Press <enter> to keep the current choice[*], or type selection number:

you can select desired selection number, my case it's 0

for javac,

sudo update-alternatives --config javac

will result something like below,

 There are 3 choices for the alternative javac (providing /usr/bin/javac).

 Selection    Path                     Priority  Status

 ------------------------------------------------------------   

 0            /usr/lib/jvm/java-11-openjdk-amd64/bin/javac   1111      auto mode   

 1           /usr/lib/jvm/java-11-openjdk-amd64/bin/javac   1111      manual mode

 *2            /usr/lib/jvm/java-8-openjdk-amd64/bin/javac    1081      manual mode   
 3            /usr/lib/jvm/jdk1.8.0_211/bin/javac        0         manual mode
 
 Press <enter> to keep the current choice[*], or type selection number:

in my case, it's 0 again

after above steps, try

java -version

it will display something like below,

openjdk version "11.0.4" 2019-07-16 

OpenJDK Runtime Environment (build
 11.0.4+11-post-Ubuntu-1ubuntu218.04.3) 

 OpenJDK 64-Bit Server VM (build 11.0.4+11-post-Ubuntu-1ubuntu218.04.3, mixed > mode, sharing)
12

In Ubuntu, you can simply install Open JDK by following commands.

sudo apt-get update    
sudo apt-get install default-jdk

You can check the java version by following the command.

java -version

If you want to install Oracle JDK 8 follow the below commands.

sudo add-apt-repository ppa:webupd8team/java
sudo apt-get update
sudo apt-get install oracle-java8-installer

If you want to switch java versions you can try below methods.

vi ~/.bashrc and add the following line export JAVA_HOME=/usr/lib/jvm/jdk1.8.0_221 (path/jdk folder)

or

sudo vi /etc/profile and add the following lines

#JAVA_HOME=/usr/lib/jvm/jdk1.8.0_221
JAVA_HOME=/usr/lib/jvm/java-11-openjdk-amd64
export PATH=$JAVA_HOME/bin:$PATH
export JAVA_HOME
export JRE_HOME
export PATH

You can comment on the other version. This needs to sign out and sign back in to use. If you want to try it on the go you can type the below command in the same terminal. It'll only update the java version for a particular terminal.

source /etc/profile

You can always check the java version by java -version command.

4

First check the default-jdk package, good chance it already provide you an OpenJDK >= 11.
ref: https://packages.ubuntu.com/search?keywords=default-jdk&searchon=names&suite=all&section=all

Ubuntu 18.04 LTS +

So starting from Ubuntu 18.04 LTS it should be ok.

sudo apt update -qq
sudo apt install -yq default-jdk

note: don't forget to set JAVA_HOME

export JAVA_HOME=/usr/lib/jvm/default-java
mvn -version

Ubuntu 16.04 LTS

For Ubuntu 16.04 LTS, only openjdk-8-jdk is provided in the official repos so you need to find it in a ppa:

sudo add-apt-repository -y ppa:openjdk-r/ppa
sudo apt update -qq
sudo apt install -yq openjdk-11-jdk

note: don't forget to set JAVA_HOME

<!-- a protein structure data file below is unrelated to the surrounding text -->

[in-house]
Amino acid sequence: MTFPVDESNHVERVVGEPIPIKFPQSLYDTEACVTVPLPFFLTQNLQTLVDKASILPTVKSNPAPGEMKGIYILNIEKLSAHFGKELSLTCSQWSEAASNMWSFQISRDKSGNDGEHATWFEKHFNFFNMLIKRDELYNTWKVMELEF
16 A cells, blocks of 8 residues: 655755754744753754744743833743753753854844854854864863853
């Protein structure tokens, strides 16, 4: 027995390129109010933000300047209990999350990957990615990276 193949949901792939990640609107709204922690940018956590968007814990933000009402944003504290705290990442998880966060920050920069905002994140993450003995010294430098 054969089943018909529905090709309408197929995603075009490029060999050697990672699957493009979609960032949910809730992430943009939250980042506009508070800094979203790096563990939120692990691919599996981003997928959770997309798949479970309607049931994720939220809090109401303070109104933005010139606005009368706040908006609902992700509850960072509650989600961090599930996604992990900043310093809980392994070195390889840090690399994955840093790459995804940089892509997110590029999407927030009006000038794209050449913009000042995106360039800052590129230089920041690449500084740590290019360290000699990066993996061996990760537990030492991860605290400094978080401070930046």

export JAVA_HOME=/usr/lib/jvm/java-11-openjdk-amd64
mvn -version
3

I came here looking for the answer and since no one put the command for the oracle Java 11 but only openjava 11 I figured out how to do it on Ubuntu, the syntax is as following:

sudo add-apt-repository ppa:linuxuprising/java
sudo apt update
sudo apt install oracle-java11-installer
2
  • 7
    Oracle JVM (Hotspot) is not free anymore for production usage. So I would prefer OpenJDK builds. Oct 30 '18 at 12:01
  • 2
    Sadly, I tied this too and it doesn't work. It says E: Unable to locate package oracle-java11-installer
    – Nditah
    Nov 6 '18 at 8:04
1

I created a Bash script that basically automates the manual installation described in the linked similar question. It requires the tar.gz file as well as its SHA256 sum value. You can find out more info and download the script from my GitHub project page. It is provided under MIT license.

0

Just updated older Ubuntu versions to openJDK 11
Actually I need it for Jenkins only and it seems to work fine.

Ubuntu 12.04 (Precise):
Download from openjdk-lts (11.0.4+11-1~12.04) precise
Files:
openjdk-11-jre-headless_11.0.4+11-1~12.04_amd64.deb
openjdk-11-jre_11.0.4+11-1~12.04_amd64.deb

Ubuntu 14.04 (Trusty):
Download from openjdk-lts (11.0.5+10-2ubuntu1~14.04) trusty
Files:
openjdk-11-jre-headless_11.0.5+10-2ubuntu1_14.04_amd64.deb
openjdk-11-jre_11.0.5+10-2ubuntu1_14.04_amd64.deb

Installation
After download I installed the files with Ubuntu Software Center ("headless" first!)
Then I selected the new version with sudo update-alternatives --config java

I didn't have to change any environment variables (like JAVA_HOME) - maybe Jenkins doesn't care about them...

0

if you want to use official oracle jdk. then download jdk 11 or latest from oracle website: https://www.oracle.com/java/technologies/javase-downloads.html

then use this command to install : sudo dpkg -i the file you downloaded

then add to your PATH using /etc/profile file.

in my case it's just worked 100% using ubuntu 20.04

note: official oracle jdk free only for developments.